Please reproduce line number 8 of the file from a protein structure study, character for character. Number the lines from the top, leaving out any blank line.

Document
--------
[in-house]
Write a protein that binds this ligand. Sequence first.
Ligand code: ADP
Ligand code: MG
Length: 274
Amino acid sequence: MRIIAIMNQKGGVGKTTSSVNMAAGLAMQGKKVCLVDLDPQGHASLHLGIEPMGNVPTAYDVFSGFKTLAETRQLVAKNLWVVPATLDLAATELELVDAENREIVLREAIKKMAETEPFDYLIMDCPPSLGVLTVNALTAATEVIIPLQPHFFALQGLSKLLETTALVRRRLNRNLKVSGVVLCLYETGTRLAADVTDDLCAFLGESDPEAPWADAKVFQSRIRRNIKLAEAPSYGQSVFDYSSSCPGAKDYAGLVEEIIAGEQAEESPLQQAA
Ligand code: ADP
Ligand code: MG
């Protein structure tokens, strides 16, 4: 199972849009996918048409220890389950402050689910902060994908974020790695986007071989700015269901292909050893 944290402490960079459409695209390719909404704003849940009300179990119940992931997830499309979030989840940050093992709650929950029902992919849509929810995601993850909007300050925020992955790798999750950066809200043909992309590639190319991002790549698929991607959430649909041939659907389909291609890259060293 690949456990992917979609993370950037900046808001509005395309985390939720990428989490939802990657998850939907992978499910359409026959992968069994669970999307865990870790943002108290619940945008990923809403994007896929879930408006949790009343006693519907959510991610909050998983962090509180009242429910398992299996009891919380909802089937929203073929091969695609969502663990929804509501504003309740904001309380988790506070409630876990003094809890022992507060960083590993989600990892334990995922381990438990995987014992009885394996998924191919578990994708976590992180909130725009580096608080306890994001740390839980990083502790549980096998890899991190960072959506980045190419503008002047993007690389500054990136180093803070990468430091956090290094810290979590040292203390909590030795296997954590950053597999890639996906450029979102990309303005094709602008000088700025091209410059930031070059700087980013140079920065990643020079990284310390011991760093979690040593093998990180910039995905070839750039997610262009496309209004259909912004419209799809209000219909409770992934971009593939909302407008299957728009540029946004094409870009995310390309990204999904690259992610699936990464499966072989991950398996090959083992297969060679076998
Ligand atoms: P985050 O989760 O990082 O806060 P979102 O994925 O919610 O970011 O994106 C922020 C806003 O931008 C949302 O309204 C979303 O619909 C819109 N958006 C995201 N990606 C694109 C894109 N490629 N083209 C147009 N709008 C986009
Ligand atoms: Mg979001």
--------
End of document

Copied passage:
Ligand code: MG